July 17, 2006
Guns that Aren't: Why do manufacturers hype rifles and shotguns that you can't get?
By David E. Petzal and Phil Bourjaily
Fellow gun nuts: We hear from each other, from gun writers, and from manufacturers, but gun dealers give us a perspective that we don’t get elsewhere. Scott Moss, who is the third generation of that family (all of whom have taken lots of money from me) to sell firearms, has agreed to come on the blog from time to time and tell us what’s on his mind, good or bad, about the guns he handles. If you’re interested in buying from him or selling to him on consignment, you can call Forest & Field, Norwalk, CT 203-847-4008.—Dave Petzal
The Ruger Gold Label Shotgun
You know what I really dislike? Gun manufacturers who hype guns that don't exist. As soon as a magazine publishes an article about a new gun that isn't in production, the phone calls start and I have to tell my customers the item isn’t available and probably won’t be for 6-12 months.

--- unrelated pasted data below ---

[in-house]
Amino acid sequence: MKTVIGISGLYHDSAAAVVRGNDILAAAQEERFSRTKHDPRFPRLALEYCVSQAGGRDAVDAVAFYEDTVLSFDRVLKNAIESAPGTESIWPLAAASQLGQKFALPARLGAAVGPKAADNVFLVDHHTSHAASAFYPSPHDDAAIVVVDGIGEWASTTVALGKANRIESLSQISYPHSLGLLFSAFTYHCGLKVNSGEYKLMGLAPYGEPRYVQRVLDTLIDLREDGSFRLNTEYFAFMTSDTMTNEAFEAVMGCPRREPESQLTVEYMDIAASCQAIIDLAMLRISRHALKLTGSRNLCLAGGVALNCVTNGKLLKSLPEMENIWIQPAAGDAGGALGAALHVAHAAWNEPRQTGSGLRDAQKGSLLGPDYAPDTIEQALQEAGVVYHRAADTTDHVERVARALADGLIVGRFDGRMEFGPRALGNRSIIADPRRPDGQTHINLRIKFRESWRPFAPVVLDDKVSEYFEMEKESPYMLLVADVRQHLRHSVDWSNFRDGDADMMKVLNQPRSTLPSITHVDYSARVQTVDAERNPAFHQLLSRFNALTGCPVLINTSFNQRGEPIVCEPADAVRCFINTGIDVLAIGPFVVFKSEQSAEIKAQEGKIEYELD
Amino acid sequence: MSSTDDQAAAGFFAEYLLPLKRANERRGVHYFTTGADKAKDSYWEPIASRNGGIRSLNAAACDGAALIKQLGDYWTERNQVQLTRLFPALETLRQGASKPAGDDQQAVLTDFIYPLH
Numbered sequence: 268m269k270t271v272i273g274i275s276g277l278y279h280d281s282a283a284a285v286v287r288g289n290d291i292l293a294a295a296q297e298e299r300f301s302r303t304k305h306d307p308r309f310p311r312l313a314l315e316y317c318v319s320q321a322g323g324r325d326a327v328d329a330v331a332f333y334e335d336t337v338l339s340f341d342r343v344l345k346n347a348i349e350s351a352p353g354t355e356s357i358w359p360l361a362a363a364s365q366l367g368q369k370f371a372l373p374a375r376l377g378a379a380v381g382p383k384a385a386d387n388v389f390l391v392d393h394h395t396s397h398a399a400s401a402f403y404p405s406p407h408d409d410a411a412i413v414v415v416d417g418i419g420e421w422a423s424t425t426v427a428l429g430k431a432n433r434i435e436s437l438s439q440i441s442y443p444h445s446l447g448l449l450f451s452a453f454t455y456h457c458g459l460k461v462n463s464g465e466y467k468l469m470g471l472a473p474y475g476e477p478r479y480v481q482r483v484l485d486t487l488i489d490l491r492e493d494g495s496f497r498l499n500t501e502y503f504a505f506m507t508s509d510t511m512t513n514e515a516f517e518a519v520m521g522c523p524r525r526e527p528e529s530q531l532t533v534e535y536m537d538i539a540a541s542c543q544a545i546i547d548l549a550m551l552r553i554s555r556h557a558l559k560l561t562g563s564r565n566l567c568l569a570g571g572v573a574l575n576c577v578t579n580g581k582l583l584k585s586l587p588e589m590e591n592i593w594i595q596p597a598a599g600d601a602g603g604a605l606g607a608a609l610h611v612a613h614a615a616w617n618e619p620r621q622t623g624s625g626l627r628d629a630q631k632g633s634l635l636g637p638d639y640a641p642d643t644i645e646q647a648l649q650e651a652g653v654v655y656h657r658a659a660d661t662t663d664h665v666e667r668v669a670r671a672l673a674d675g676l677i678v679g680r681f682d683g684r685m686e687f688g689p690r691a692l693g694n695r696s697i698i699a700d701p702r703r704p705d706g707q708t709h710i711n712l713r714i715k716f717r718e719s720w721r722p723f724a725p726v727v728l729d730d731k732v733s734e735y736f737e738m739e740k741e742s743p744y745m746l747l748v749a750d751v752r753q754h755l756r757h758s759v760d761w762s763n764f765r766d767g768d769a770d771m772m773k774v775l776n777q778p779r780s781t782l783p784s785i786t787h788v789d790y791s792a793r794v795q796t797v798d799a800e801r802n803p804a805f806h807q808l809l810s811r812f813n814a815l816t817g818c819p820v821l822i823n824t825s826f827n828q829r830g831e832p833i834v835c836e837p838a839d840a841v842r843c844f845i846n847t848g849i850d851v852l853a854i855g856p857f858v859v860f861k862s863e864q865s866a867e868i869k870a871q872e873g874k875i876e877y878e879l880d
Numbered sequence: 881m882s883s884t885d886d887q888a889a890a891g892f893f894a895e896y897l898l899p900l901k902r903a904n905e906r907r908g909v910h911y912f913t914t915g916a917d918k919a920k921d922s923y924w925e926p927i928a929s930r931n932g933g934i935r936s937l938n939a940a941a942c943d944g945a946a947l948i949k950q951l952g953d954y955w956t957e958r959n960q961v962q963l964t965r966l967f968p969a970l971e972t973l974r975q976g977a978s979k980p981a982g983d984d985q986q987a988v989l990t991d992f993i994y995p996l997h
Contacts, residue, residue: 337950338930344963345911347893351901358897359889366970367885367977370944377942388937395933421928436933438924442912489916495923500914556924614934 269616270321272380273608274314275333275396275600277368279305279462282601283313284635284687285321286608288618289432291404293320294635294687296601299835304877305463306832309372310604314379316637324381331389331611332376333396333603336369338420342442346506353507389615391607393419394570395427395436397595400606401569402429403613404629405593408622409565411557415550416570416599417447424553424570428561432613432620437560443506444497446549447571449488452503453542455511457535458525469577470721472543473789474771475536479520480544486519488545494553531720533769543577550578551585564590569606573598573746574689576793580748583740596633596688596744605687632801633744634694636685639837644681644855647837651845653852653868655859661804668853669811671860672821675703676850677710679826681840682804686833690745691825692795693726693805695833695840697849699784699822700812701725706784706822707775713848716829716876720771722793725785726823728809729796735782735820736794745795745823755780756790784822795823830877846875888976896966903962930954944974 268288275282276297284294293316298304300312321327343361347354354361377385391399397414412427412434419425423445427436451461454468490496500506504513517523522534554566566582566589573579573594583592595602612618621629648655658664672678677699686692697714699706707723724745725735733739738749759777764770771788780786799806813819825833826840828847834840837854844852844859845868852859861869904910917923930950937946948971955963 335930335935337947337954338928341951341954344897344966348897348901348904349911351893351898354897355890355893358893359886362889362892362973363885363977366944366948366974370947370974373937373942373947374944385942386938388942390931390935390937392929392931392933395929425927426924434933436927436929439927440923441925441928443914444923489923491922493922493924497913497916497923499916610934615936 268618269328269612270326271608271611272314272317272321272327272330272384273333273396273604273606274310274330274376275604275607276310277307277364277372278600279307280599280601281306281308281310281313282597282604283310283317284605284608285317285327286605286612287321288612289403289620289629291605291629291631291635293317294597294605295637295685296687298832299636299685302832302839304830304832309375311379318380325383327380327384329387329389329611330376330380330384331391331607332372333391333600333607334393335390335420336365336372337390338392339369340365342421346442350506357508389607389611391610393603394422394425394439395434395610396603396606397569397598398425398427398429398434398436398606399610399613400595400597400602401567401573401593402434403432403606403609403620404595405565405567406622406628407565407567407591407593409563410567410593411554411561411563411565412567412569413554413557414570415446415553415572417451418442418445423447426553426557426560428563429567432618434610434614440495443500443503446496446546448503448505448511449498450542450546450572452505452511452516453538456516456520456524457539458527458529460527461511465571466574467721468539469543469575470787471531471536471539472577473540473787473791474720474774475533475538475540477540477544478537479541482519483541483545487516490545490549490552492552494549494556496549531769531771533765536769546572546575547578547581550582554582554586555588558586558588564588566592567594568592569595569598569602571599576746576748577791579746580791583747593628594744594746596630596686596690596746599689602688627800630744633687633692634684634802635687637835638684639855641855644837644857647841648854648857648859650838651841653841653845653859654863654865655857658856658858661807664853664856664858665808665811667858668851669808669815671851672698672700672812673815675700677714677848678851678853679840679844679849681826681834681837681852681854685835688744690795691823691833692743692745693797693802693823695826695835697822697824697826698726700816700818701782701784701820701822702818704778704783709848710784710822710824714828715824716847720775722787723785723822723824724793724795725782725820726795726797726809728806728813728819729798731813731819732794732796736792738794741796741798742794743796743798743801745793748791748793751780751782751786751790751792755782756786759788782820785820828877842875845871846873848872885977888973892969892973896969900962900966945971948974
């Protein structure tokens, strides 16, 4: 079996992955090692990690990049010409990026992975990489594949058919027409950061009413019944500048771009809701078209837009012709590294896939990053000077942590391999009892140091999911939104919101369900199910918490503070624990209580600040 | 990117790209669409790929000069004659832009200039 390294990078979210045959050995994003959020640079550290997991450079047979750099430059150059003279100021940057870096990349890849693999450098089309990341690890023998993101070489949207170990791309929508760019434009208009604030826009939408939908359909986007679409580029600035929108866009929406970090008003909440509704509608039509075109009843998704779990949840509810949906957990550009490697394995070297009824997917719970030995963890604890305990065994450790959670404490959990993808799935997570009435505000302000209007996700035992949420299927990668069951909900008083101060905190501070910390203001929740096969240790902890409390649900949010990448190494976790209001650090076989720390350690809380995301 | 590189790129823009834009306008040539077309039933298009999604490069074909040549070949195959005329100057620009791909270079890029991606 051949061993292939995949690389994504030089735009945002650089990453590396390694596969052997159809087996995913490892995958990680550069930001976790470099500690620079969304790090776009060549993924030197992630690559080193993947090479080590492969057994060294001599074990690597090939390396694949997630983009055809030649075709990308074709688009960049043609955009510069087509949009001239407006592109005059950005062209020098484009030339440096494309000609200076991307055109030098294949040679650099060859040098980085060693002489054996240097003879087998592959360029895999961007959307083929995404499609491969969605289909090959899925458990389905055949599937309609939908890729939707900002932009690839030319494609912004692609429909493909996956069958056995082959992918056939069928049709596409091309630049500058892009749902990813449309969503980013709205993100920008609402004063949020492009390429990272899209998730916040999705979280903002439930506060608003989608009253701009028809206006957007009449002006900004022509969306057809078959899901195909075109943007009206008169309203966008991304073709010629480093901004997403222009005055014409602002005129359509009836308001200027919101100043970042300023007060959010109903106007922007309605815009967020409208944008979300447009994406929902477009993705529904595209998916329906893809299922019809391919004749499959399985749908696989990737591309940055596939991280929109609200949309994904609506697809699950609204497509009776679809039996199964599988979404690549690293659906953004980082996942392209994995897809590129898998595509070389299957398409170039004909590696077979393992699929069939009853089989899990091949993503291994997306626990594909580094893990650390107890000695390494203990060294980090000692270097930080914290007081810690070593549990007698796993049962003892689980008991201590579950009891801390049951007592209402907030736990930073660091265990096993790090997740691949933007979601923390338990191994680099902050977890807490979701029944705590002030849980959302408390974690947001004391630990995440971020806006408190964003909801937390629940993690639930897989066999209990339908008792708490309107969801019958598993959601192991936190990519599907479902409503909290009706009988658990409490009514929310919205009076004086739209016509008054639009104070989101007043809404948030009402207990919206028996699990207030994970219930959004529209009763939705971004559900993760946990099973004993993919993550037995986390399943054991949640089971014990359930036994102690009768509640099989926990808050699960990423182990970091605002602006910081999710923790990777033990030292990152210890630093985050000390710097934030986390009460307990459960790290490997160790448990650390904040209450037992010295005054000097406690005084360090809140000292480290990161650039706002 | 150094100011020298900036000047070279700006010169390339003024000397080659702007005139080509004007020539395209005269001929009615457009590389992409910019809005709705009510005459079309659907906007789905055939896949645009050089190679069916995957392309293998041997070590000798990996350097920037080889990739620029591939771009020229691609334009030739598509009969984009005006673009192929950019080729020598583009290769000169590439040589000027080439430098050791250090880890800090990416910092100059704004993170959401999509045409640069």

A case in point is Ruger, which announced the P85 9mm handgun three years before I had one in my case. The Ruger Red Label 20 gauge took two years to arrive. The newest addition, a side by side shotgun, is still scarce a year after its introduction. The irony is I saw one at a shoot I went to in upstate New York a few weeks ago. I asked the guy where he got it and he told me that a friend of his was an oil burner repairman with an FFL who got it from a friend who works at Ruger. How pathetic is that? One of my larger Ruger distributors had five in 2005 and NONE so far in 2006.
I’m not sure what the point is of promising what you can’t deliver. While Ruger isn’t the only company that promotes its products this way, it certainly is sending the wrong message. We all appreciate new products, especially if they’re good ones. And most people don’t mind waiting a little while. However, I’ve been doing this a long time, and companies that play this game insult the intelligence of many in their audience. And, they just might outfox themselves when they find their late-coming product upstaged by a more innovative design by another maker.